When I said goodbye at the end of the March meeting we did not know what we had in store, so looking back at the last year it has definitely been historic though not in a good way. Whilst we have managed to keep in touch with most of the members over the last year via email, 148 out of 176, it is not the same as the meetings in the Civic Centre.
Following numerous Zoom Committee meetings and after consultation with the Civic Centre over social distancing and risk assessments, the Council continues to have sole use of our usual meeting room until further notice. The Society however has continued to use Zoom for meetings and committee meetings. In the first official one on the 7th July 2020 with 25 attendees, I gave everyone a tour around the Society’s website, by sharing my screen I showed all the facilities that you as members have access to, the site currently stands at over 250 pages of information, and which was being highlighted each Sunday on our Facebook group and Leyland Memories.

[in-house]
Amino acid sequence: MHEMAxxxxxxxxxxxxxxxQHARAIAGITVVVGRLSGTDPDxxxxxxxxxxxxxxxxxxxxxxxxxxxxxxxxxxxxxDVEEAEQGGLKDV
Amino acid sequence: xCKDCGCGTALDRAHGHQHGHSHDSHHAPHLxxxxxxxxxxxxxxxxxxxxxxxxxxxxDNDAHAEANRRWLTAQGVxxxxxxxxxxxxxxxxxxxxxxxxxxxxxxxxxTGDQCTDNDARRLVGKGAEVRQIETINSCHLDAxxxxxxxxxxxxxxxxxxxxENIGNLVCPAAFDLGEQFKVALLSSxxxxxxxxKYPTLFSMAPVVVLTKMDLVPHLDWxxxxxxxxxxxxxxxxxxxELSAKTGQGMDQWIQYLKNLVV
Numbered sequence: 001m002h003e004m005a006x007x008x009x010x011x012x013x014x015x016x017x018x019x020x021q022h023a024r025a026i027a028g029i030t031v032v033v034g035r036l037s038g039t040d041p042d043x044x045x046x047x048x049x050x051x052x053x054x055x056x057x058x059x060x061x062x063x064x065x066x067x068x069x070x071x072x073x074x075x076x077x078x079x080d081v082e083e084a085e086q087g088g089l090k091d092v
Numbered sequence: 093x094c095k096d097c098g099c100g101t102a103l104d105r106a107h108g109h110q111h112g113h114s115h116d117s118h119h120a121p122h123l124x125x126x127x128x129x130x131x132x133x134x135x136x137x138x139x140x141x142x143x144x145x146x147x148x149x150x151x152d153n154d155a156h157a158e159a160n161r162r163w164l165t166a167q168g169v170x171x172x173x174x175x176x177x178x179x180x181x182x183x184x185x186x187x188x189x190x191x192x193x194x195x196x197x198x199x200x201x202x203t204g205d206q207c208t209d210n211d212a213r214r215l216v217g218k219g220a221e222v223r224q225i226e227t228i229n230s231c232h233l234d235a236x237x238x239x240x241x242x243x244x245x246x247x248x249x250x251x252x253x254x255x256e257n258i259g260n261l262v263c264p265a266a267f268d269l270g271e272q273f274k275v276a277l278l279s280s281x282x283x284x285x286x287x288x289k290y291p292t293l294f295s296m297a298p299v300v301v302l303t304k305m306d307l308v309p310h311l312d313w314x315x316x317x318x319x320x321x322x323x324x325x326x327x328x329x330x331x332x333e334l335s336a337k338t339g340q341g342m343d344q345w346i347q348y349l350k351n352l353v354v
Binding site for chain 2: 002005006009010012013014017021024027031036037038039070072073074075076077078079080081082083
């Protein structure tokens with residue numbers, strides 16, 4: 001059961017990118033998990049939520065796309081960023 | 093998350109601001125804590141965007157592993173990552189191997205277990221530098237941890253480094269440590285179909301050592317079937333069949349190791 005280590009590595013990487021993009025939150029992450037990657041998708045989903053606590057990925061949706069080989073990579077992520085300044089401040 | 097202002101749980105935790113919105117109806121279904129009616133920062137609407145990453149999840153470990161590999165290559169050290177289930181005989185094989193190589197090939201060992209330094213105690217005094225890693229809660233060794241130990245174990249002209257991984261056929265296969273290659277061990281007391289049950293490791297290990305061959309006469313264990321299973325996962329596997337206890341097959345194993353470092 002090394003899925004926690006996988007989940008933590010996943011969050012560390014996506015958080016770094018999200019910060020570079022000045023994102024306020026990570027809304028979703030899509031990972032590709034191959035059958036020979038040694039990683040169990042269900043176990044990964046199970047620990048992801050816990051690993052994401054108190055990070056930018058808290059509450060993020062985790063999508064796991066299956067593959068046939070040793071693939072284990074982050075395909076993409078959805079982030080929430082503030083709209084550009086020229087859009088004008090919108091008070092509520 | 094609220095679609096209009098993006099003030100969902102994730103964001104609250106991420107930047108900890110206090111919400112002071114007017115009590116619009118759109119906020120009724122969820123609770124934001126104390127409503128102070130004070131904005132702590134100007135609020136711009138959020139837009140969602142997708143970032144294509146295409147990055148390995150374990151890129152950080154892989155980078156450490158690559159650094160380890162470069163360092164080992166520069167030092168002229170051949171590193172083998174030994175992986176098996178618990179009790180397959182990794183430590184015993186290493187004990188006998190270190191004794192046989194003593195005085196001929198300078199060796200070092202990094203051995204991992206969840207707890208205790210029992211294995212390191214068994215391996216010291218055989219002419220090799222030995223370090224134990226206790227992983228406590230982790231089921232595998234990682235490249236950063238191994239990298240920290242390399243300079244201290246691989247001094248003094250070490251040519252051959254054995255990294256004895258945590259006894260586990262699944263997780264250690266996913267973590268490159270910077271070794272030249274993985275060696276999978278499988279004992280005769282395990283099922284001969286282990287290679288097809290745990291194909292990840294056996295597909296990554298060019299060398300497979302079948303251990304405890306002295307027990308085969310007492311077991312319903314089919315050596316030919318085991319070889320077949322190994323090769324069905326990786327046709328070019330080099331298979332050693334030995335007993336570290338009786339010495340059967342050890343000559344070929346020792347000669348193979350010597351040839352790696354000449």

On 3rd August I invited anyone who has ever wanted to find someone in their family tree to give me as much detail as you know and I will try to find out more live on screen using the Ancestry website, the free Birth, Marriage, Death, and the Lancashire Parish Records site, so long as they were born prior to 1939.
Whilst I was still transcribing the stories just kept on coming and in the number I have interviewed is now 253 so at the Zoom meeting on 7th September I gave the members an update with recordings and photographs which are telling the stories of Leyland and its industries.
For our meeting on 5th October we should have had a new Mikron show to enjoy but unfortunately last year they had to cancel their whole season so for this Zoom Meeting we were joined by Marianne, Mikron’s Artistic Director who gave the members the background as to how they were coping in the current situation, their plans for the future and a look back at some of their successes with some funny stories too. This together with some videos from past cast members including Mark Williams made for a fun evening and as I said everyone was in the front row.